Part One: I Had Insurance in 2015
It’s tax time again, and it’s the second year people will see changes to their income tax filing because of the Affordable Care Act (ACA). This is the first of our now-annual two-part blog series on the ACA and taxes, focusing on taxpayers who had health coverage in 2015, and Part Two will focus on taxpayers who did not have health insurance for all or part of 2015.
One of the ACA’s key components is that most Americans are required to have health insurance, or else pay a tax penalty. This requirement, known as the “individual mandate,” means that individuals are required to have qualifying health coverage during the year, whether they purchased it themselves, had a health plan through their job, or received health coverage through other means (such as Medicare, Medicaid, CHIP, veteran’s health care, etc.). Tax forms have changed a little bit to reflect the health coverage requirement.
If an individual did not have coverage throughout the year, they must either qualify for an exemption from the requirement, or pay a fine when filing their taxes. We’ll cover those situations in Part Two.
What you need to know
Like last year, most taxpayers who had a health insurance plan for all of 2015 will simply need to check a box on Line 61 of their Form 1040, U.S. Individual Income Tax Return.
New forms for employer-coverage, Medicaid, and CHIP
This year, if a person had healthcare coverage from their employer they will receive a 1095-B form, which describes who was covered on the plan, and in which months during 2015. Individuals will also receive a 1095-C that describes what coverage was available to the employee and their spouse/dependents and the cost of the coverage (even if they chose not to enroll). Most people who are enrolled in employer-based insurance can just keep these forms for their records and can just check the box as described above.
People who received Medicaid or the Children’s Health Insurance Program (CHIP) during the year will also receive a 1095-B from the Texas Health and Human Service Commission (HHSC) describing which months they were enrolled.
If you had Marketplace Coverage
Taxpayers who enrolled in a health plan through the Marketplace will receive a Health Insurance Marketplace Statement (new IRS Form 1095-A). Like a W-2 or Form 1099, this form provides information needed to file taxes. Specifically, the form provides the amount of financial assistance the person received to help pay for their Marketplace plan.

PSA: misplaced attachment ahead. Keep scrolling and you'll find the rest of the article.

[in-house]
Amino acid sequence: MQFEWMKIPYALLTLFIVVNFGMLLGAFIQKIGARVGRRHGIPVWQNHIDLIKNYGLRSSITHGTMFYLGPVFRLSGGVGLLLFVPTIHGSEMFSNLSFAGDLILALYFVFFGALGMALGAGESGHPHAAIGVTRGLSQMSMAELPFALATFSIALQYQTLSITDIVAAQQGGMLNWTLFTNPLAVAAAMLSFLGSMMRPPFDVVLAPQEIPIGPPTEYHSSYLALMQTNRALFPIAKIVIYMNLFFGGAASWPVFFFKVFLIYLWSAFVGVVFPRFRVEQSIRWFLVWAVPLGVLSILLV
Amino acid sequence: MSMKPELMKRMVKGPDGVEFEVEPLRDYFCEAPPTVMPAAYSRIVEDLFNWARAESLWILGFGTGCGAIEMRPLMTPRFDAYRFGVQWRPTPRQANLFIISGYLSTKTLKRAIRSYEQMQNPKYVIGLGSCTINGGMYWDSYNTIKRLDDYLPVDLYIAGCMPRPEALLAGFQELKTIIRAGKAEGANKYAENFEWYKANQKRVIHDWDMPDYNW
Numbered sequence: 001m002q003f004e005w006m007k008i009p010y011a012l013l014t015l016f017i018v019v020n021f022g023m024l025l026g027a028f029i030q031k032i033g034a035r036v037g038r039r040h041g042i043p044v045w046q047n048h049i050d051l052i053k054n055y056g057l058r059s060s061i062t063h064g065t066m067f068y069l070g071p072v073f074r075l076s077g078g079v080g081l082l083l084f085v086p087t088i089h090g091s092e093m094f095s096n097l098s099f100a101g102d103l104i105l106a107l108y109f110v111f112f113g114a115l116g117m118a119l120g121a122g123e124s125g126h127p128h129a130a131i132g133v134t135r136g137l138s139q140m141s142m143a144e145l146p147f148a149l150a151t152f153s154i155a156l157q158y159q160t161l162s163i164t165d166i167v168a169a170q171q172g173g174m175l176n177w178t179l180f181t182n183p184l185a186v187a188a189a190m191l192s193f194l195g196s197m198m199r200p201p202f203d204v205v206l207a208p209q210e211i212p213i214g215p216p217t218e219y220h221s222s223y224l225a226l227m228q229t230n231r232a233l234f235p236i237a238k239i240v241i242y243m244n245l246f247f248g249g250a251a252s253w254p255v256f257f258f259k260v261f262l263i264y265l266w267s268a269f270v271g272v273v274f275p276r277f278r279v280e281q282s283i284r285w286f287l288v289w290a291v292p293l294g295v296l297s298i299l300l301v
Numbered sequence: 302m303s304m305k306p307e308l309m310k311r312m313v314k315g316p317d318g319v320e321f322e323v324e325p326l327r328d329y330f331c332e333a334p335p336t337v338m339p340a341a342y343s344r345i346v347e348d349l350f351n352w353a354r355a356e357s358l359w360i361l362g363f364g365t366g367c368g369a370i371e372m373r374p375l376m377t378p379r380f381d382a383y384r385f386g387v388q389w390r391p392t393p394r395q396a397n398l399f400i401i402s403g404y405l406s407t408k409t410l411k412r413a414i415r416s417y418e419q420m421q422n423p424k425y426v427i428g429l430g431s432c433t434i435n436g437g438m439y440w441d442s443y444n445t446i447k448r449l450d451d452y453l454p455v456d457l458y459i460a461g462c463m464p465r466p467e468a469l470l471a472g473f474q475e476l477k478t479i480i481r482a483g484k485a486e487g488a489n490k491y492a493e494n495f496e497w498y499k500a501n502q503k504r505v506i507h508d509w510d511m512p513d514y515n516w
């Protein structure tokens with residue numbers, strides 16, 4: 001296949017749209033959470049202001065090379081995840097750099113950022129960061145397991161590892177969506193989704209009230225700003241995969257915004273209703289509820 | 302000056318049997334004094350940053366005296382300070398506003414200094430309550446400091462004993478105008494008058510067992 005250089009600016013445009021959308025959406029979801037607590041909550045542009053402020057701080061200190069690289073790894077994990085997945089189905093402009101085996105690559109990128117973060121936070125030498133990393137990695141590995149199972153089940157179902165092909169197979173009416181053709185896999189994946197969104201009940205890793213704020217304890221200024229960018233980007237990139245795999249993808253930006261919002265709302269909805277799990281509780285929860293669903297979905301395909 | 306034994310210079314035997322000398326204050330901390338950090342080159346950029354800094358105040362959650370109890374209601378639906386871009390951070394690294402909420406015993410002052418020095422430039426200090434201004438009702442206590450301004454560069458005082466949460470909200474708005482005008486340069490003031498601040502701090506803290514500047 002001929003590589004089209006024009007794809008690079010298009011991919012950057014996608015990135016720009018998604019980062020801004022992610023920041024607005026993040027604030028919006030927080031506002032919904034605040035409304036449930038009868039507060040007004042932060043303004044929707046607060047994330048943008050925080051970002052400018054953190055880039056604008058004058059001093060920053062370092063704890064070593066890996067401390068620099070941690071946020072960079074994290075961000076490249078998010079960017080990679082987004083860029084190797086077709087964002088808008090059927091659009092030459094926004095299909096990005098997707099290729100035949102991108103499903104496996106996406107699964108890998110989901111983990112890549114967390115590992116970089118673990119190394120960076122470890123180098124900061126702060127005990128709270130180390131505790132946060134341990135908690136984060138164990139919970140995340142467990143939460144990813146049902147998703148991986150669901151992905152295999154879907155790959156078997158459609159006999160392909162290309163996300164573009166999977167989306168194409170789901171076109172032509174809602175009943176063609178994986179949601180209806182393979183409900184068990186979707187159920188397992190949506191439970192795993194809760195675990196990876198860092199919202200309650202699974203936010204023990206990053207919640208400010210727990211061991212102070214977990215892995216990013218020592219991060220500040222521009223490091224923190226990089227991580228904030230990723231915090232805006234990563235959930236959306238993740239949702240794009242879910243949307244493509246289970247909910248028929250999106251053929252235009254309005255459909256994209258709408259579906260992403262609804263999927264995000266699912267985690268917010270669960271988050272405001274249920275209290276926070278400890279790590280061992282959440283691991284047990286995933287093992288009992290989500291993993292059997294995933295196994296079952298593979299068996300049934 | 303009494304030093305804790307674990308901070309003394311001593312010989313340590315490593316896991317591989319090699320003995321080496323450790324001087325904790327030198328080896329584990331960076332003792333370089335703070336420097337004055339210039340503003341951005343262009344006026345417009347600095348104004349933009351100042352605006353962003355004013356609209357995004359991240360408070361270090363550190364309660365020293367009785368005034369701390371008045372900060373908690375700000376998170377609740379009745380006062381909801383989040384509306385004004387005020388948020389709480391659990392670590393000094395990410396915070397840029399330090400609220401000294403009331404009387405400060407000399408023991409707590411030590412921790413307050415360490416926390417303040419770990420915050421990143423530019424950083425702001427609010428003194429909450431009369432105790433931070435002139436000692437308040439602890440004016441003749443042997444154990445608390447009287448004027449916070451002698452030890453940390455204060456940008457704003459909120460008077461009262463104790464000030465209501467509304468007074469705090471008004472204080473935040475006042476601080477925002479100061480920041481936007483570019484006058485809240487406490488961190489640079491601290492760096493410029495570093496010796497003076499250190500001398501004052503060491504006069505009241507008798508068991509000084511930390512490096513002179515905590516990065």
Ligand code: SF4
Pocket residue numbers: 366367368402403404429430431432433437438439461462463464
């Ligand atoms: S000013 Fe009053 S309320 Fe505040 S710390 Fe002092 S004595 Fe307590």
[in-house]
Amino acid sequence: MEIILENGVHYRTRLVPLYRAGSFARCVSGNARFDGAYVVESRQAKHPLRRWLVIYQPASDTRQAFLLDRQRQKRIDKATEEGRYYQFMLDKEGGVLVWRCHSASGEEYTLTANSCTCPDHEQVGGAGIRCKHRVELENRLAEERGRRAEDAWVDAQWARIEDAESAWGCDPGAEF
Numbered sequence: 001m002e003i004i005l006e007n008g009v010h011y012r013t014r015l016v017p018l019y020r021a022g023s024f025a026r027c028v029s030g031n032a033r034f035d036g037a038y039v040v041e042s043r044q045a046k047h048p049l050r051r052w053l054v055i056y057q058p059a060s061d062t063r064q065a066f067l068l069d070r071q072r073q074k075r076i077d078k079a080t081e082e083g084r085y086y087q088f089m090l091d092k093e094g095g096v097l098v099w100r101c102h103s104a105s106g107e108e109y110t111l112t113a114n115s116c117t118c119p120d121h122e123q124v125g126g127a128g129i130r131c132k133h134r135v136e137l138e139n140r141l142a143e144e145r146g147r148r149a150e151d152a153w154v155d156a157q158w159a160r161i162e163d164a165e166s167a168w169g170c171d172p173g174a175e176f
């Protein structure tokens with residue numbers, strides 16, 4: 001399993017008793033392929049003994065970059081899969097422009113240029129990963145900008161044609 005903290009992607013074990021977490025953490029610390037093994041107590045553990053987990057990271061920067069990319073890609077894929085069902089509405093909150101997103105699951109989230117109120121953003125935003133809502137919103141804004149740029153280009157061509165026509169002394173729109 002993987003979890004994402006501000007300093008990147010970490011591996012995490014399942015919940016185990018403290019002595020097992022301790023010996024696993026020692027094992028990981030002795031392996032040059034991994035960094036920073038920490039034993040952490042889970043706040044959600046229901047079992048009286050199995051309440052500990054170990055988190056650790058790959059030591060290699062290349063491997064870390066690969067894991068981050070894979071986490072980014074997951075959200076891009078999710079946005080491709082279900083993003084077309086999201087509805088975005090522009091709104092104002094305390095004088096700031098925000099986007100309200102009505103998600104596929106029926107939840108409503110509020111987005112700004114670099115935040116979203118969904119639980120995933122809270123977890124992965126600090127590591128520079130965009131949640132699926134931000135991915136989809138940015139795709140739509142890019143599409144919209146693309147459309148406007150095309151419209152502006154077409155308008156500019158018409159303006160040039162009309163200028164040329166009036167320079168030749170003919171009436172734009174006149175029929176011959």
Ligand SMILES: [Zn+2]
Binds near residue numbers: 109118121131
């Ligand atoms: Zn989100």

More than 80 percent of the people who signed up for coverage on the Marketplace for 2015 received financial assistance through a premium tax credit to pay for their plan. Most people received this credit in advance, in the form of a subsidy to lower their monthly premium bills. The amount received as a subsidy was based on their projected income. Using their actual income and the 1095-A, taxpayers will complete Form 8962 to determine whether they actually qualified for a larger tax credit than they received, or if they underestimated their income and got too large a credit and owe the IRS. Individuals who qualified for a larger credit will receive this as an increase to their tax refund, or a credit toward any taxes owed.
Excess premium tax credits are paid back either as a reduction to a person’s tax refund or if they are not entitled to a refund, individuals can pay the taxes back online, by phone, or by mail. The IRS also offers payment options to pay over time for individuals who cannot pay all at once.
Where to Get Help
This is meant only as a high-level overview of the ACA’s impact on tax filing. For more information about how health care will impact taxes go to www.Healthcare.gov/taxes or www.irs.gov/Affordable-Care-Act. The Center on Budget and Policy Priorities also developed the “The Tax Preparer’s Guide to the Affordable Care Act” which provides detailed information on the ACA impact to taxes.